Things always look different from the ground. Mention Kabul and immediately people think of it being the most dangerous city in the world. Many of us lived totally normal lives without any security, which is one of the reasons I decided to write Dispatches, to explore a time and place that is already disappearing.
In some ways it reminded me of the last days of Saigon, a time written about in The Quiet American by Graham Greene or the Happy Valley set in colonial Kenya, which isn’t to say that many expats who lived and worked in Afghanistan were very dedicated to the people and the country.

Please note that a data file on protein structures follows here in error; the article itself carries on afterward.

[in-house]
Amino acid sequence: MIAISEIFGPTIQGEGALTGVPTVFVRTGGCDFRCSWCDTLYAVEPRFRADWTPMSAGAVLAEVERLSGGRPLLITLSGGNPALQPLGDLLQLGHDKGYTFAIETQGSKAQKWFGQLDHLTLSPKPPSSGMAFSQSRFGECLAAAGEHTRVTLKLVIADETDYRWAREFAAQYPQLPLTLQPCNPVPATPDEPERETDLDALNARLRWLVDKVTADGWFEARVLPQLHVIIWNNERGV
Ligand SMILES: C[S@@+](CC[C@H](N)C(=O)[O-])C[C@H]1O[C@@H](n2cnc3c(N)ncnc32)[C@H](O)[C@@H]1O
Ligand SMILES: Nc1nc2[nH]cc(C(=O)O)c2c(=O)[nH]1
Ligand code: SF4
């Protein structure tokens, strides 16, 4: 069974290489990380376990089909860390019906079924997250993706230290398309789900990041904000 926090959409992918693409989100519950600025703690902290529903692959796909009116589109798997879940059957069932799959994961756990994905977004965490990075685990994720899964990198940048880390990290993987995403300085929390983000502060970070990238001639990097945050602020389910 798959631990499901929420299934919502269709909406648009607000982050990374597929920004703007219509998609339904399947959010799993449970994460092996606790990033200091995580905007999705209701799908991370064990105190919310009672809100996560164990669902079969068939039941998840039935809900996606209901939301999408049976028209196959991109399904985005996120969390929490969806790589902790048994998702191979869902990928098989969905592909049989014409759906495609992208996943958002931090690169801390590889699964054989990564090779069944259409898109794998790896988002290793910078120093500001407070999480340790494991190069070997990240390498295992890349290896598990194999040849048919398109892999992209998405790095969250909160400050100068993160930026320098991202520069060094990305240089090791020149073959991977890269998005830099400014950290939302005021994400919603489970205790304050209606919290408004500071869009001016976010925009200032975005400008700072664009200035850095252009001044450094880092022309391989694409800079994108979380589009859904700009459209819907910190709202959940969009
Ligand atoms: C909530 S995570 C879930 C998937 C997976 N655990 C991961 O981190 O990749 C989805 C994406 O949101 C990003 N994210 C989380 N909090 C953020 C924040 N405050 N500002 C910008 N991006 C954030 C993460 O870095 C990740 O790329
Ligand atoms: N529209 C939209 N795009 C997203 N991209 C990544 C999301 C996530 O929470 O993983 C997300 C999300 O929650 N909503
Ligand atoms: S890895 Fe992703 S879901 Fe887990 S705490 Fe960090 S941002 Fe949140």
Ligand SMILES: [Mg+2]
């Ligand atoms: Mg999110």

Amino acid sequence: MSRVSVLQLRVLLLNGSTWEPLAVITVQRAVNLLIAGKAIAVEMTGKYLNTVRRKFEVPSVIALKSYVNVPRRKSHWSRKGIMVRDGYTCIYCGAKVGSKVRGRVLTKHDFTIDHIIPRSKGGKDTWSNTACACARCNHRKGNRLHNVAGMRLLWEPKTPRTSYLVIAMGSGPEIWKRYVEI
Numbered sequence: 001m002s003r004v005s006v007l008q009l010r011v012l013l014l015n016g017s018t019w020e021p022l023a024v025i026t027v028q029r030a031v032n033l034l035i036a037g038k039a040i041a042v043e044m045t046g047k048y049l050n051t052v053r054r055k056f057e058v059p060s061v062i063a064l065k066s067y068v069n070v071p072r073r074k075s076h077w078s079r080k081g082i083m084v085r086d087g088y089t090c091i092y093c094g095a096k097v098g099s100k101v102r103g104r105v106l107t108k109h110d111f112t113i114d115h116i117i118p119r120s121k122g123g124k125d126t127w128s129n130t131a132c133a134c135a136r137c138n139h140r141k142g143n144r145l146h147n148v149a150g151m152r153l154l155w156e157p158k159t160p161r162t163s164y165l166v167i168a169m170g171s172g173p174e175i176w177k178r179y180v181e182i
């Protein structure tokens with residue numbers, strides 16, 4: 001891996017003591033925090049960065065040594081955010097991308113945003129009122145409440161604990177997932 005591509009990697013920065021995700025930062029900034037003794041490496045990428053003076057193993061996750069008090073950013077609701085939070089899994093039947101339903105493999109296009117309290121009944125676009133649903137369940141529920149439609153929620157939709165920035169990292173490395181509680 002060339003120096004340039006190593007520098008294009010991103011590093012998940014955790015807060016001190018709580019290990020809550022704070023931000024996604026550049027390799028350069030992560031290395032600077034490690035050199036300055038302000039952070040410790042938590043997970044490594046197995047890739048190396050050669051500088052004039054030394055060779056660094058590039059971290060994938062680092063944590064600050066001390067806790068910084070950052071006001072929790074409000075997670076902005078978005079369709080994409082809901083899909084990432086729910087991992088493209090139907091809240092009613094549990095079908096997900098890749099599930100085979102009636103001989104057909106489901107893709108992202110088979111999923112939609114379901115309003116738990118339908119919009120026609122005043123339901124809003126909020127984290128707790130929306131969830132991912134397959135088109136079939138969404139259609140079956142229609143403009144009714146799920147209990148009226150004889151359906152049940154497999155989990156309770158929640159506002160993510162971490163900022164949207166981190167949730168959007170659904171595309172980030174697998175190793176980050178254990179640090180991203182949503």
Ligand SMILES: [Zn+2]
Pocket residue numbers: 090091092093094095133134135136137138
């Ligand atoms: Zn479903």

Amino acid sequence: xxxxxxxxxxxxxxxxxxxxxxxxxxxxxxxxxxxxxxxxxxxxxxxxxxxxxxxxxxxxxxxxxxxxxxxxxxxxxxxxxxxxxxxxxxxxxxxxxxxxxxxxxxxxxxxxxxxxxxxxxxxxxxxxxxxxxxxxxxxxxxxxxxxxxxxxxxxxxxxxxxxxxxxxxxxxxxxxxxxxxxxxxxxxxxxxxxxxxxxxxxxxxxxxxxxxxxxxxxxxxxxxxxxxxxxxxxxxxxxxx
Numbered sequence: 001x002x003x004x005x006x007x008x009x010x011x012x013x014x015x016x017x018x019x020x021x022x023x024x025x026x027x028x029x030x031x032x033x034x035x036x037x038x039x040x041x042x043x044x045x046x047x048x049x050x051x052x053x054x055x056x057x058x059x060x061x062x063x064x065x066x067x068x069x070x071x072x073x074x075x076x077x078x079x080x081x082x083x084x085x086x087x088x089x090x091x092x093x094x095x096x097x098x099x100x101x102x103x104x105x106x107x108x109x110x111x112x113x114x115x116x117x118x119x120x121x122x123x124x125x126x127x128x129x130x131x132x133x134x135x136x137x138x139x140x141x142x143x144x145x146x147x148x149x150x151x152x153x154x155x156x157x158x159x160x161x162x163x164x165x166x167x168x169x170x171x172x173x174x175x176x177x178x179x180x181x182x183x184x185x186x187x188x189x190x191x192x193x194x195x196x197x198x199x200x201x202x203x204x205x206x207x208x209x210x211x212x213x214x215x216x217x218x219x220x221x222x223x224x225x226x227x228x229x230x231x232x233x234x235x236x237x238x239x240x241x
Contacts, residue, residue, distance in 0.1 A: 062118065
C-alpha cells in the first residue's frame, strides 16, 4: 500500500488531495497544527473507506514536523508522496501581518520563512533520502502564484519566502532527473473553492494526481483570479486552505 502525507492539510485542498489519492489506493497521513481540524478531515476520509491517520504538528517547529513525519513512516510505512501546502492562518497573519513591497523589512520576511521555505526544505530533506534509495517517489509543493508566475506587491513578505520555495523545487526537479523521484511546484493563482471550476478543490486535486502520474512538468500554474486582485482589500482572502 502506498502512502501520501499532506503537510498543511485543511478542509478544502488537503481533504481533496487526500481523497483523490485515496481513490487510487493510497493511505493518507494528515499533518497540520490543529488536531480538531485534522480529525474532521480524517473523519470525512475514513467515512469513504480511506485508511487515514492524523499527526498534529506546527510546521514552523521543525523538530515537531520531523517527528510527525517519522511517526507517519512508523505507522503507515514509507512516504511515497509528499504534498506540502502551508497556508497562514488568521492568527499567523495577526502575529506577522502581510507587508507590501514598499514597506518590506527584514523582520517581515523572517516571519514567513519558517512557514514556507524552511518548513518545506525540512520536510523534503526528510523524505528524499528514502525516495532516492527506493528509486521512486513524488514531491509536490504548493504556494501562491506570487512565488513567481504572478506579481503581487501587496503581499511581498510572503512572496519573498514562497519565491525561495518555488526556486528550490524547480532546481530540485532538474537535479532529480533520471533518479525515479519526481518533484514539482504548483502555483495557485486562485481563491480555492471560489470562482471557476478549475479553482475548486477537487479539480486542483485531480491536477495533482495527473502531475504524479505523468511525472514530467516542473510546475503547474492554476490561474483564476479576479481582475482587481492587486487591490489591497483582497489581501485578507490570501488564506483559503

Part of that dedication came from wanting to help the country change, to have it follow more democratic lines and bring equal rights and prosperity to the poorest nation outside of sub Saharan Africa.
I interviewed a young man about how he viewed the prospects of progress. He wasn’t optimistic. “This is a very conservative country,” he said, “the changes we want might happen….in 200 hundred years, but I doubt before that.”
100 People, 100 Places are a series of short dispatches to complement my latest book, Dispatches from the Kabul Café (Advance Editions, 2014)